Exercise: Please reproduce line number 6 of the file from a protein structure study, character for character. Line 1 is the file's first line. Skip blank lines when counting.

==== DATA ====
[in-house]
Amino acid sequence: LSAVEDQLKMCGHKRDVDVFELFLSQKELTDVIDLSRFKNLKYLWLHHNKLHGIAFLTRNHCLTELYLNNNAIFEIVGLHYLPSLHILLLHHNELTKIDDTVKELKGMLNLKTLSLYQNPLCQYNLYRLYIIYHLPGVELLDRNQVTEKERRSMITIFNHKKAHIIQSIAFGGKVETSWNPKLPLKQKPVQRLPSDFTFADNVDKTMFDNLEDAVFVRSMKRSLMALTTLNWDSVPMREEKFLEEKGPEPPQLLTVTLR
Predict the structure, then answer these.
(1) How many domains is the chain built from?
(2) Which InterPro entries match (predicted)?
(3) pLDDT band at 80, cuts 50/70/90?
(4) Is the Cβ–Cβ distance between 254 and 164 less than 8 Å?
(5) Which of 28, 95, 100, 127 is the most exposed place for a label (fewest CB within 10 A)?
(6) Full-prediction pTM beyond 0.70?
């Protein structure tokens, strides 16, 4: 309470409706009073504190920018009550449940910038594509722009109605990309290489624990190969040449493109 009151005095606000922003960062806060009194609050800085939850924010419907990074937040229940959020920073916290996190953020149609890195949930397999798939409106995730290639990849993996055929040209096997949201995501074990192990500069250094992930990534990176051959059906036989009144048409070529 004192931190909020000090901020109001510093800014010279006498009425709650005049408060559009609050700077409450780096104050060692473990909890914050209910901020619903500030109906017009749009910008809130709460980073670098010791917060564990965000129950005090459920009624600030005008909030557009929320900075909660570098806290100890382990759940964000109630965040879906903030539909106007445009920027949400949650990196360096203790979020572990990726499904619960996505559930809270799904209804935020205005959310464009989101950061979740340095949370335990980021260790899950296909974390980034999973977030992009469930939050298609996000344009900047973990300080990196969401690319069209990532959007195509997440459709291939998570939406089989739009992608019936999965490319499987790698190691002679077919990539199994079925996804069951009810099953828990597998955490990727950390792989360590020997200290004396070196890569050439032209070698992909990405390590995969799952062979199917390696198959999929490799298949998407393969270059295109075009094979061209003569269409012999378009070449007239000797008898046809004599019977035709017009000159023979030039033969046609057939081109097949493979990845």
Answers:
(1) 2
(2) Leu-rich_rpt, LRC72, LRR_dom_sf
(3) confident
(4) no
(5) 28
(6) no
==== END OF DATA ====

(3) pLDDT band at 80, cuts 50/70/90?